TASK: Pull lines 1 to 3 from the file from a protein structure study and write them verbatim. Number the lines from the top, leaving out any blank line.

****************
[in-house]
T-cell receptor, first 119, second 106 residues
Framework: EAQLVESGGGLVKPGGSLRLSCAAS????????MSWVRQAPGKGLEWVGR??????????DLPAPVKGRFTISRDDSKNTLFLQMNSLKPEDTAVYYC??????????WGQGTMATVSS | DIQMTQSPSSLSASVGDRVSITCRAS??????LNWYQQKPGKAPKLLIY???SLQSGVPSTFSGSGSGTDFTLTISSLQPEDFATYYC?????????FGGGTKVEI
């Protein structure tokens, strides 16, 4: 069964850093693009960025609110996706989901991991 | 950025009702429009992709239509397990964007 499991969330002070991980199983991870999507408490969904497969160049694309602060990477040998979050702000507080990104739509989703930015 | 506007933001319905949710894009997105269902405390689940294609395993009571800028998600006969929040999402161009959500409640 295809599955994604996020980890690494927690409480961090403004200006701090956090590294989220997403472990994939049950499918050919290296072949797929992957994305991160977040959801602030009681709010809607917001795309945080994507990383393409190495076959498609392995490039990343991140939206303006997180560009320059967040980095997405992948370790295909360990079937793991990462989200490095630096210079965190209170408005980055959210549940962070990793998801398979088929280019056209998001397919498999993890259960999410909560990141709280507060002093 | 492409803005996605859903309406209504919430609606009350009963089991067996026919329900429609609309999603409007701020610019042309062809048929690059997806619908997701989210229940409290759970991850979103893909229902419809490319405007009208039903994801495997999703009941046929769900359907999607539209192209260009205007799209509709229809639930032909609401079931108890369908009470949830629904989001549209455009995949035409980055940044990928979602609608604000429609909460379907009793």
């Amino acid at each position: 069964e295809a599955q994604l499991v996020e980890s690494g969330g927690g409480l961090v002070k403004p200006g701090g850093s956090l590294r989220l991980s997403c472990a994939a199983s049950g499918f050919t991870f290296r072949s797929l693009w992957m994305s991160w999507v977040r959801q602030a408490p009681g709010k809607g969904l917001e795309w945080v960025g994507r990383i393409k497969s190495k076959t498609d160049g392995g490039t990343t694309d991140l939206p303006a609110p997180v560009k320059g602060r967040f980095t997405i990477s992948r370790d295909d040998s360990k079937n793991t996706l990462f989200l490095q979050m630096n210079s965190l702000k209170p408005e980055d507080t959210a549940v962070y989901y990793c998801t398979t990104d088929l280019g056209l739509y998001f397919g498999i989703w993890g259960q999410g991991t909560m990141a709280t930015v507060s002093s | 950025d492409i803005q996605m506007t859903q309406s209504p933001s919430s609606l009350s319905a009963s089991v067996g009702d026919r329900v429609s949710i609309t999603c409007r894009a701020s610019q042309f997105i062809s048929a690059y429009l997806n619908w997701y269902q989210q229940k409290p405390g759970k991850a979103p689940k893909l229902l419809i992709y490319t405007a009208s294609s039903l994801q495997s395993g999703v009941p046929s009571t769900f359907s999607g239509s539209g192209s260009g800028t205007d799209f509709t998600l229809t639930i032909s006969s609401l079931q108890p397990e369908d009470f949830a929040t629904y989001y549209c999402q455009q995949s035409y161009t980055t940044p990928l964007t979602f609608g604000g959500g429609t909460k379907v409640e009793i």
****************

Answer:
[in-house]
T-cell receptor, first 119, second 106 residues
Framework: EAQLVESGGGLVKPGGSLRLSCAAS????????MSWVRQAPGKGLEWVGR??????????DLPAPVKGRFTISRDDSKNTLFLQMNSLKPEDTAVYYC??????????WGQGTMATVSS | DIQMTQSPSSLSASVGDRVSITCRAS??????LNWYQQKPGKAPKLLIY???SLQSGVPSTFSGSGSGTDFTLTISSLQPEDFATYYC?????????FGGGTKVEI